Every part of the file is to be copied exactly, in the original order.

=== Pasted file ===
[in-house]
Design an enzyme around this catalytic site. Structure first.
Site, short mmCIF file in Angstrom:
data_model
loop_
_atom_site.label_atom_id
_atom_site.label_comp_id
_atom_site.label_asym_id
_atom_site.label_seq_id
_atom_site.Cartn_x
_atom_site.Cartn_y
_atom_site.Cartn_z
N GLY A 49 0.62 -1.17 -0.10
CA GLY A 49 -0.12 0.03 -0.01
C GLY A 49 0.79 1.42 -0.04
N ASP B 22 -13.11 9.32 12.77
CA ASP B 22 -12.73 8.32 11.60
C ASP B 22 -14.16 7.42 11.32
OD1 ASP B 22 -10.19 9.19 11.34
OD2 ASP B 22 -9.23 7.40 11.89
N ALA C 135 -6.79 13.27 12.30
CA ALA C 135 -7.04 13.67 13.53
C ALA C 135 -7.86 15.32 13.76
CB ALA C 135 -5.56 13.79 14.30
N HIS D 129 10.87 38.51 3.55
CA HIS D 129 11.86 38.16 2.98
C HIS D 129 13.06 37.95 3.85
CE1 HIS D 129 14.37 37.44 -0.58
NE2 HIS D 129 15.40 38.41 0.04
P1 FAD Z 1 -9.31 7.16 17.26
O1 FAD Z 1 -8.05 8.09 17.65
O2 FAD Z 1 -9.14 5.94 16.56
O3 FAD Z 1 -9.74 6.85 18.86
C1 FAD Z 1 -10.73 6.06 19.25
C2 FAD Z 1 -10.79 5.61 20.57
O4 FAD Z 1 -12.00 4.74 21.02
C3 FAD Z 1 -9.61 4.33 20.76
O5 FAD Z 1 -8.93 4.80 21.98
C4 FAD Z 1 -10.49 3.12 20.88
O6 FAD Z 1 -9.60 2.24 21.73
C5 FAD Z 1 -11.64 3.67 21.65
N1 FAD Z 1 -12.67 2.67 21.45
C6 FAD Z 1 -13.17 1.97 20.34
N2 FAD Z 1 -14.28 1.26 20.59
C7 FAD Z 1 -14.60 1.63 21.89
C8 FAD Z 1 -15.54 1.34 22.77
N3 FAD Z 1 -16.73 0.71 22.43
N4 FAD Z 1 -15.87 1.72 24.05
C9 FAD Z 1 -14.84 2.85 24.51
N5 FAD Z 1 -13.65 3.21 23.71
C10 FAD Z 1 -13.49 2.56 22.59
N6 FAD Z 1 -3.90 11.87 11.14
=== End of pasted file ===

[in-house]
Design an enzyme around this catalytic site. Structure first.
Site, short mmCIF file in Angstrom:
data_model
loop_
_atom_site.label_atom_id
_atom_site.label_comp_id
_atom_site.label_asym_id
_atom_site.label_seq_id
_atom_site.Cartn_x
_atom_site.Cartn_y
_atom_site.Cartn_z
N GLY A 49 0.62 -1.17 -0.10
CA GLY A 49 -0.12 0.03 -0.01
C GLY A 49 0.79 1.42 -0.04
N ASP B 22 -13.11 9.32 12.77
CA ASP B 22 -12.73 8.32 11.60
C ASP B 22 -14.16 7.42 11.32
OD1 ASP B 22 -10.19 9.19 11.34
OD2 ASP B 22 -9.23 7.40 11.89
N ALA C 135 -6.79 13.27 12.30
CA ALA C 135 -7.04 13.67 13.53
C ALA C 135 -7.86 15.32 13.76
CB ALA C 135 -5.56 13.79 14.30
N HIS D 129 10.87 38.51 3.55
CA HIS D 129 11.86 38.16 2.98
C HIS D 129 13.06 37.95 3.85
CE1 HIS D 129 14.37 37.44 -0.58
NE2 HIS D 129 15.40 38.41 0.04
P1 FAD Z 1 -9.31 7.16 17.26
O1 FAD Z 1 -8.05 8.09 17.65
O2 FAD Z 1 -9.14 5.94 16.56
O3 FAD Z 1 -9.74 6.85 18.86
C1 FAD Z 1 -10.73 6.06 19.25
C2 FAD Z 1 -10.79 5.61 20.57
O4 FAD Z 1 -12.00 4.74 21.02
C3 FAD Z 1 -9.61 4.33 20.76
O5 FAD Z 1 -8.93 4.80 21.98
C4 FAD Z 1 -10.49 3.12 20.88
O6 FAD Z 1 -9.60 2.24 21.73
C5 FAD Z 1 -11.64 3.67 21.65
N1 FAD Z 1 -12.67 2.67 21.45
C6 FAD Z 1 -13.17 1.97 20.34
N2 FAD Z 1 -14.28 1.26 20.59
C7 FAD Z 1 -14.60 1.63 21.89
C8 FAD Z 1 -15.54 1.34 22.77
N3 FAD Z 1 -16.73 0.71 22.43
N4 FAD Z 1 -15.87 1.72 24.05
C9 FAD Z 1 -14.84 2.85 24.51
N5 FAD Z 1 -13.65 3.21 23.71
C10 FAD Z 1 -13.49 2.56 22.59
N6 FAD Z 1 -3.90 11.87 11.14